Sprung into being from the western flame. Steropes. 'the Thundering1. made of earth-born snow.' arges. cloudless Zeus. Infra ch. Cycl. Above that murky throng Argilipos was flashing as he swung A radiant brand and. 172—201. and Arges are named among other Kyklopes opposed to the Indians. The late epic of Nonnos describes in bombastic style how Argilipos. shed water False-fashioned. man on man destroying. and. A brand his dart. [Not one Salmoneus only he convicted Of bastard bolts. ii § 4 (d). 3 Supra p. Helpers of Zeus. Seed of Sicilian fire and glowing hearth. 28. a bastard. Thereat Quaked the dark Indians. mazed at such a flame That matched the fiery whirl-wind from the sky. while he bellowed back The clappings of the thunder and with spray Unwonted. 14. both flash and fade.] Steropes next had armed him and was wielding A mimic blaze. now comes again. ib. ii § 3. armed with chthonian bolt Fire-tipped. 31. and Brontes fought on the side of the gods against the Indians : The stout Kyklopes circled round' the foe.' Again. like the light of heaven. A cloud-like robe he wore.318 The Kyklops and Zeus Bronton. that Kyklops. within whose fold He hid his sheen and then the same revealed • • . little-lasting. 'the brilliant3. blazing. Ash spears he beat and many a blade. Swaying his hot shafts and his burning pike. He. Still scorched the Indians with his archer flame. ' the lightning-gatherer2. not one god's-enemy Alone he slew. cp. sometimes wearing a pointed cap and Infra ch. For lightning's gleam now goes. led the way: 'gainst hostile heads Sparks from his earth-born thunderbolt were shot. Then Brontes went a-warring and beat out A song sonorous. 52—60 where Brontes. took torches for the fray. For the Kyklops' imitation of Zeus' thunder see Eur. from the skyHe and his drops. nor only one Euadne Made moan for Kapaneus extinguished there. but could on occasion wield his weapons on their own behalf. But Zeus the Father marked the Kyklops aping His own fell din and laughed amid his clouds-4. Dion." With double quivering. a gleam that echoed back The lightning of the sky. Steropes. the Kyklopes not only made the thunder and lightning of Zeus. 4 Nonn. 2 1 . .' steropegereta. On terra-cotta brasiers of Hellenistic date there is often stamped a grotesque bearded head. 327 f.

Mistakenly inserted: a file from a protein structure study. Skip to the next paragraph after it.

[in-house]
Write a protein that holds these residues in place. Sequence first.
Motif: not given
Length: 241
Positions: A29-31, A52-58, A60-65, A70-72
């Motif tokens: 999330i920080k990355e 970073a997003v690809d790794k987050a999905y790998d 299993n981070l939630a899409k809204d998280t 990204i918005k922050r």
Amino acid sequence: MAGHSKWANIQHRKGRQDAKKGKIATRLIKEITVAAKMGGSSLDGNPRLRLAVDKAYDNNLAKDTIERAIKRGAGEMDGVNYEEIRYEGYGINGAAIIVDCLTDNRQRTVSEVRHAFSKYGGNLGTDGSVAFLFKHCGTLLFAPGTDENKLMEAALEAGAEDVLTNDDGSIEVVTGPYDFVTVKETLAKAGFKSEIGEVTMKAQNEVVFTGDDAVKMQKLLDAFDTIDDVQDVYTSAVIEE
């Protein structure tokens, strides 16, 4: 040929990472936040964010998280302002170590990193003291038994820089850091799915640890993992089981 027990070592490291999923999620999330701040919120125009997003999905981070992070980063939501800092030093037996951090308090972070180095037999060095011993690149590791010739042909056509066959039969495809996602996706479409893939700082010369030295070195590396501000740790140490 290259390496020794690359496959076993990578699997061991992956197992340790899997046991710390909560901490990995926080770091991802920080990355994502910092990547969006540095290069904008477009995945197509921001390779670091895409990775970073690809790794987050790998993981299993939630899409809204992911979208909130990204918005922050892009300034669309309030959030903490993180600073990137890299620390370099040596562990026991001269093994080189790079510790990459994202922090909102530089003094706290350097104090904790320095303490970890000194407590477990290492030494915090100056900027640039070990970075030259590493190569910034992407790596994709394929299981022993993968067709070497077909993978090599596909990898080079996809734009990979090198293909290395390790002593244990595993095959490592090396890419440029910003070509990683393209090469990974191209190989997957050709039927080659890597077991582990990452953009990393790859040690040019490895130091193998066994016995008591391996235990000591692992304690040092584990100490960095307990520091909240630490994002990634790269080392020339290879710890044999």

Myth. 15. kais.'t\iQjahrb.v. 8 fTrl TOV FepaiffTOV TOV K[>K\w7ros rd(f>ov Karefffpa^av. 6 Steph. 156 n. arch. Brit. they first slew the daughters of the Lacedaemonian Hyakinthos on the tomb of Geraistos the Fig. ii.fab. s. the eponym of the village and promontory in Euboia5. no ff. Thus either Geraistos the 1 A.vv. 1890 v.accompanied by a thunderbolt or thunderbolts1 (figs. Aovcrla. Harpokr. Kyklops (or the son of the Kyklops). Byz. Again. 5 Supra p. Inst. Roscher2 follows A. deutsch. xix. When the war dragged on and he failed to capture the town.253. 3. he prayed to Zeus that he might be avenged on the Athenians. . A 448. Terracottas pp.. 251. 118 ff. the direct or indirect cause of his bereavement. Furtwangler in regarding this type as that of the Kyklops.of Geraistos. s. z Roscher Lex. Conze ' Griechische Kohlenbecken' in 'Cas.Jahrb. and Souid. This proved unavailing . a connexion of some sort between the Kyklops and Zeus is implied by the myth . arch. \lyg. 252 Fig. 4 Apollod. B Euboia. Inst. Minos. Steph. d. 6. kais. deutsch. and they had in the end to listen to Minos' demand of seven youths and seven maidens as food for the Minotaur 4 . s. 1681. 'TaKwdides. d. W. Furtwangler 'Die Kopfe der griechischen Kohlenbecken' m. cp. who is presumably to be identified with the Geraistos of the Athenian myth. 1685. Cat. 251—253). Append. 3 A. 238. 68 no. 1891 vi. H. Tawapos. at the advice of an ancient oracle. is said to have been the son of Zeus6. If they are right—and Furtwangler's arguments are plausible3—. Byz. But Geraistos. after the death of Androgeos went to war with Athens. we have here monumental evidence of the Kyklops conceived as the owner of the thunderbolt.v. Mus. and. rejScucrros. Thereupon famine and pestilence befell them.